Emperor Chengzu is reportly the first to mention him in a letter. There is reference to him in the Ningpo chronicles. Emperor Chengzu was a very supersitious person and very interested in religion and miltary learning. The thing is we run into a couple of problems with San Feng: 1.If we are to believe Emperor Chengzu was looking for him that would be during his reign most likely. That would be 1402-1424. The accounts of San Feng "alive" is 1279-1368 so San would have been dead already by the time Chengwu was looking for him. It may have been Chengwu knew this and used it as some sort of political gain or his superstitious behavior really belived that San Feng was some sort of Immortal man.

2.There are many names that are attributed to San Feng as his given name. I imagine trying to trace the names would be very hard.

3. Supposely there was 2 people using San Feng as a name.
If we look at the Hanzi 张三丰 his name means to expand the 3 abundace.
It seems to me to be a very obvious taoist name and of course not his given name. It could mean something to do with the three treasures of Alchemy, maybe the 3 schools of Buddhist Taoist and Confucious which is what the Dragon gate sect is.

4.San Feng's Wudang sect name. Supposely San Feng founded a branch of the Lungmen sect called the San Feng pai(San Feng school) Looking at other Taoist sects,most of the names are not named after their founder for example: Tianshi Tao(celestial masters way) was not named Zhang Ling or(His name DaoLing)The same can be said for the other schools as well. But to be fair I do not know all the sub sects of Taoism so is it possible that San Feng named his sect after himself maybe but out of all the sects I have seen this is not the case.

Most are named after a concept or a very Taoist thought.
I think when the name San Feng sect came about San Feng was already defied at the time. Like for example Lao tzu becomes a god. I find this to be more reasonable.

There are a few University Historians in China trying to figure this out and the last time I checked their conclusion was "We don't know"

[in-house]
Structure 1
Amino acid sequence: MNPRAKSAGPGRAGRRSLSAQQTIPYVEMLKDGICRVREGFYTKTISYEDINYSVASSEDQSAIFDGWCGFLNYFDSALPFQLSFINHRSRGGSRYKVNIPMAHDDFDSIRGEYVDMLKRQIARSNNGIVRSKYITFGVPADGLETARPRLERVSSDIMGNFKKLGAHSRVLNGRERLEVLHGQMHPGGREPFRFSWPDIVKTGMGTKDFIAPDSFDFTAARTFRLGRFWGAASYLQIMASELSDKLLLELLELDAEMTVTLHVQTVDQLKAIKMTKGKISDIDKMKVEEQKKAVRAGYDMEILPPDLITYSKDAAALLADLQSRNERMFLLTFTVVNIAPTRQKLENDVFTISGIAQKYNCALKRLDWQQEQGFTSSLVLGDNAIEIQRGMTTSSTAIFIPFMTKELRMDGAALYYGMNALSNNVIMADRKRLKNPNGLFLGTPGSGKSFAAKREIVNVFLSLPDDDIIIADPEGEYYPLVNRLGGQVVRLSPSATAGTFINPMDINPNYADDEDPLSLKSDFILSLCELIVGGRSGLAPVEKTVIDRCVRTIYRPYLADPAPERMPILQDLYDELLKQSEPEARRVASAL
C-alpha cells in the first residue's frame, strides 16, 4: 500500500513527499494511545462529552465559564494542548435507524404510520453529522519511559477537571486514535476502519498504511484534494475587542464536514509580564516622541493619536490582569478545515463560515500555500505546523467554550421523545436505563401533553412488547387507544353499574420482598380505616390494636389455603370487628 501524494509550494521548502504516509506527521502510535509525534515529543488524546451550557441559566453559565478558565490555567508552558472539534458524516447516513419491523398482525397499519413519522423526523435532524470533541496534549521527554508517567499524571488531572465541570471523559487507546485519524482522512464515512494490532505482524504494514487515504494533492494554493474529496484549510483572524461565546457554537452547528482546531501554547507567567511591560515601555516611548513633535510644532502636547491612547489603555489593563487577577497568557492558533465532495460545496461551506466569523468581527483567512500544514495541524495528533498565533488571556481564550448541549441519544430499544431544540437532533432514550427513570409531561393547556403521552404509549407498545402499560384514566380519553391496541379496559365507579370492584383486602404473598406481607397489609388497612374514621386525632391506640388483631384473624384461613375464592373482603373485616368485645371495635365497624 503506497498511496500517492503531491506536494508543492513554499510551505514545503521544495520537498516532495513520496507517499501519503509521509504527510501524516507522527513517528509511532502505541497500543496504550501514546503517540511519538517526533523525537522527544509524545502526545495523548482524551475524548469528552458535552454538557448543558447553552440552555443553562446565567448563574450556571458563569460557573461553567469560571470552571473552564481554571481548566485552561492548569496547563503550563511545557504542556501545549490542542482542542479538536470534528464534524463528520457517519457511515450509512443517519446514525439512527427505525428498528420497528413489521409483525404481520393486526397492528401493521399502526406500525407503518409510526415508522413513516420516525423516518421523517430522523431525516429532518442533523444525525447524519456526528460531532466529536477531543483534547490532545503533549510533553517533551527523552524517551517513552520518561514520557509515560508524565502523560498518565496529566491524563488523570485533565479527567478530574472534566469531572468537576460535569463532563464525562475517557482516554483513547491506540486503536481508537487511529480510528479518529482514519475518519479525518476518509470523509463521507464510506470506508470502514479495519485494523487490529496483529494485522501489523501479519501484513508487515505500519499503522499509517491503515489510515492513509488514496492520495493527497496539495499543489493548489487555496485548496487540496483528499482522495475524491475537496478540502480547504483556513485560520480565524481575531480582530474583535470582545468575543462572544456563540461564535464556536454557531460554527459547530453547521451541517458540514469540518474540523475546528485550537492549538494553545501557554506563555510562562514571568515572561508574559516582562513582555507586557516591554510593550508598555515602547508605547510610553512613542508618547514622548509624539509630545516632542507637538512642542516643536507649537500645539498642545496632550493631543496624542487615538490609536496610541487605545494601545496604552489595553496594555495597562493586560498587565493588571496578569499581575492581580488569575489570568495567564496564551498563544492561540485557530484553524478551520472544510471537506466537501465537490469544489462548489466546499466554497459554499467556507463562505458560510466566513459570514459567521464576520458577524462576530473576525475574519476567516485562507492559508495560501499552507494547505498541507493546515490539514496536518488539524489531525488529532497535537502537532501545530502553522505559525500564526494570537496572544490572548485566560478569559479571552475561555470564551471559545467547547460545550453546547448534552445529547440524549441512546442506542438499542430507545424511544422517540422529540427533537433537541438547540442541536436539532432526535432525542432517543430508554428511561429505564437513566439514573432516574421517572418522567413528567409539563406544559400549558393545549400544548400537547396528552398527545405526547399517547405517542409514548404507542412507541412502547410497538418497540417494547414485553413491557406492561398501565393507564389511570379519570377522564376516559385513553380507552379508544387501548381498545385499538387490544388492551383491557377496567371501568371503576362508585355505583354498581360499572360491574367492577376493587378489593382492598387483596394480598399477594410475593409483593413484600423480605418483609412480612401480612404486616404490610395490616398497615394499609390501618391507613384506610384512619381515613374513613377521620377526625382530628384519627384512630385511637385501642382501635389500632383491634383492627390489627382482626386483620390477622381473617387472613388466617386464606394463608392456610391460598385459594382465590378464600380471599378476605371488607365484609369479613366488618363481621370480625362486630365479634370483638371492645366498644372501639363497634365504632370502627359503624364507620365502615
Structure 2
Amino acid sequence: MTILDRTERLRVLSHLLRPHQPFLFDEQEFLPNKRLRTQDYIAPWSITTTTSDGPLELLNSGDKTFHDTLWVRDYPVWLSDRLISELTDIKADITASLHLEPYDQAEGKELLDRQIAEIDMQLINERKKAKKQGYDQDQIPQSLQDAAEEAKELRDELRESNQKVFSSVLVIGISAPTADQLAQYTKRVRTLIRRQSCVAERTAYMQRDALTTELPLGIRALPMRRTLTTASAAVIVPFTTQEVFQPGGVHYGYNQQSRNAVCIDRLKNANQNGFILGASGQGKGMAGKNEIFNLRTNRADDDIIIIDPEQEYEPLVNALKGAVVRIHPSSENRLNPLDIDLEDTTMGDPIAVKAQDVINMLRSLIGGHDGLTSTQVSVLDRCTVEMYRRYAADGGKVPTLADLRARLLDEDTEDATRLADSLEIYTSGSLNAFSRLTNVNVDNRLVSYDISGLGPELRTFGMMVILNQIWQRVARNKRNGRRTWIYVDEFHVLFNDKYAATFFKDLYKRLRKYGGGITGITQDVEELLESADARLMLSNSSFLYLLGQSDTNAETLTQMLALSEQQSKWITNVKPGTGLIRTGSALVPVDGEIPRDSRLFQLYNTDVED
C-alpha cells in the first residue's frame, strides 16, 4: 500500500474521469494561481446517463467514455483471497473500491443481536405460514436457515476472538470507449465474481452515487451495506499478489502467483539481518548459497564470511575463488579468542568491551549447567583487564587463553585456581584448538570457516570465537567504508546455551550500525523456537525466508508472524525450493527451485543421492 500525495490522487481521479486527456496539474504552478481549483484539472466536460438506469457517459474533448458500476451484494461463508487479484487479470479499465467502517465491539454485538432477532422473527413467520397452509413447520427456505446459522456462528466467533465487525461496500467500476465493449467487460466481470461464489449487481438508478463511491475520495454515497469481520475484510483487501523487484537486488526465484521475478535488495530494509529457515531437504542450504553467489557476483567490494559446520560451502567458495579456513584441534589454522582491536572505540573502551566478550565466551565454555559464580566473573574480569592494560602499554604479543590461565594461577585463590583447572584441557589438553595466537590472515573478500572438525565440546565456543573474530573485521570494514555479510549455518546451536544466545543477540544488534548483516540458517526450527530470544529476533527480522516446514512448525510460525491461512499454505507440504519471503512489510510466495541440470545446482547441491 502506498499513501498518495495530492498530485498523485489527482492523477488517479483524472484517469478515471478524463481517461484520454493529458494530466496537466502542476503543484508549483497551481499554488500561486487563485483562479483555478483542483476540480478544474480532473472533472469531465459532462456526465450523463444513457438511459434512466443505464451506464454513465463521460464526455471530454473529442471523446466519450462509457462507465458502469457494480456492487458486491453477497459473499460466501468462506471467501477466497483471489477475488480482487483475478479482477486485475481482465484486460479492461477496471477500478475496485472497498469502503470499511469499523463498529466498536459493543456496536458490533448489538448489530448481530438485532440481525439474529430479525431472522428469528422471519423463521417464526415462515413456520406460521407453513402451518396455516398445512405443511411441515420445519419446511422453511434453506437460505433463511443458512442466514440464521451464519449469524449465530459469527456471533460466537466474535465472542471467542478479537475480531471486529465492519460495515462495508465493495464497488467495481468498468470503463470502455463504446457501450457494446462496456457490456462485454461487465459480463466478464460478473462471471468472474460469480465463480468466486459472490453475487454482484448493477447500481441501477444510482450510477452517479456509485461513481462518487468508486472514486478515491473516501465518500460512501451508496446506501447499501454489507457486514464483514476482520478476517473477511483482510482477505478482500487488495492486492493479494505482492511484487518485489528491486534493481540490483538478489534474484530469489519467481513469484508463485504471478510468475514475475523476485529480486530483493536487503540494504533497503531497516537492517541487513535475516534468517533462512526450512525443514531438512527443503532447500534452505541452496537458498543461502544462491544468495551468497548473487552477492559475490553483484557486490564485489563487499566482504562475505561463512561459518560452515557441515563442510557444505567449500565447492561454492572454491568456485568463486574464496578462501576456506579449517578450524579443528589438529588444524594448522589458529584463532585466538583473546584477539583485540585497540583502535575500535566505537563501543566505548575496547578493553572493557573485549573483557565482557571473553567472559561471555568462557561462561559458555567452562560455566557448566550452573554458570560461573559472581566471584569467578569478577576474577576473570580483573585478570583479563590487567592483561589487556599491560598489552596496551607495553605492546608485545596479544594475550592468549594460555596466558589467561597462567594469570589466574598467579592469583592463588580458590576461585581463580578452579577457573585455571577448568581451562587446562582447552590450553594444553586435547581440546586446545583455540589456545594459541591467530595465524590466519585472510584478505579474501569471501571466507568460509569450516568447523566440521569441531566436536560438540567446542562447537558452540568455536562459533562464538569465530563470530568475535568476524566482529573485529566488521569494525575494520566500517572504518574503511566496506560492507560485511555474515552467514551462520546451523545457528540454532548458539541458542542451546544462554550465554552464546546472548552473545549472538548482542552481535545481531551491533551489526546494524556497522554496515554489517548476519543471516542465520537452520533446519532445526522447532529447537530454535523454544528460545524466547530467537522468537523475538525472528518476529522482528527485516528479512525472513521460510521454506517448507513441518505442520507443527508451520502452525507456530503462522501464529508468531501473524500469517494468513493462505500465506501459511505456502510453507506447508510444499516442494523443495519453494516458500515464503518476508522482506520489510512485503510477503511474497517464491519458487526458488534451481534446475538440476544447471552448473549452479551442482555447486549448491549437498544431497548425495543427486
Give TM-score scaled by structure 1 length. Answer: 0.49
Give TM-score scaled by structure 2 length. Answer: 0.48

I don't think it can be verified. I think we can come to a reasonable conclusion and speculation on things. We can come to probable account. But a definite answer on San Feng I doubt it.

I will see if I can find the Ningbo chronicles that mention San Feng.
There is supposely another account called Ming history but with out seeing what the Hanzi was for it or author or anything I do not think I can find it. [FONT=&#23435]内家张三丰拳法[/FONT] Nei Jia Zhang San Feng Quan Fa
Interesting. I will look more into this it might have some more history on things.
 

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If you look at the taichi lineage, Zhang SanFeng's first student is master Wang Zhong Yue. Master Wang wrote a few tai chi theory classics which is well known today. He mention taichi and wuchi in one of his classics. He should be the first one to call it taichi.
 
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Xue Sheng

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Nope, it was Wu Yuxiang and he comes after Chen and Yang

And there is no historically verifiable lineage to or from Zhang Sanfeng
 

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Nope, it was Wu Yuxiang and he comes after Chen and Yang

And there is no historically verifiable lineage to or from Zhang Sanfeng
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Doug Wile is one of the best serious scholars on taiji. One of his books is The Lost Taiji Classics. He discounts the myth of taiji coming from Zhang Sanfeng. I don't remeber what he said of who first called it taiji. But there is a good case -based on Wile and others -that General Chen Wanting after retiring to his Chen village devloped taiji as a martial art based
on some existing martial classics and his experience. The founder of Yang style originally learned in Chen village.

joy chaudhuri
 
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Doug Wile is one of the best serious scholars on taiji. One of his books is The Lost Taiji Classics. He discounts the myth of taiji coming from Zhang Sanfeng. I don't remeber what he said of who first called it taiji. But there is a good case -based on Wile and others -that General Chen Wanting after retiring to his Chen village devloped taiji as a martial art based
on some existing martial classics and his experience. The founder of Yang style originally learned in Chen village.

joy chaudhuri

I have no doubt that Taijiquan as we know it today comes from Chen Wangting but he did not call it Taijiquan. It was not called Taijiquan or referred to as Taijiquan until Wu Yuxiang. However Wu Yuxiang did not develop Taijiquan.

Wu Yuxing learned it from Yang Luchan who learned it from Chen Chen Changxing a 14th generation Chen family Taijiquan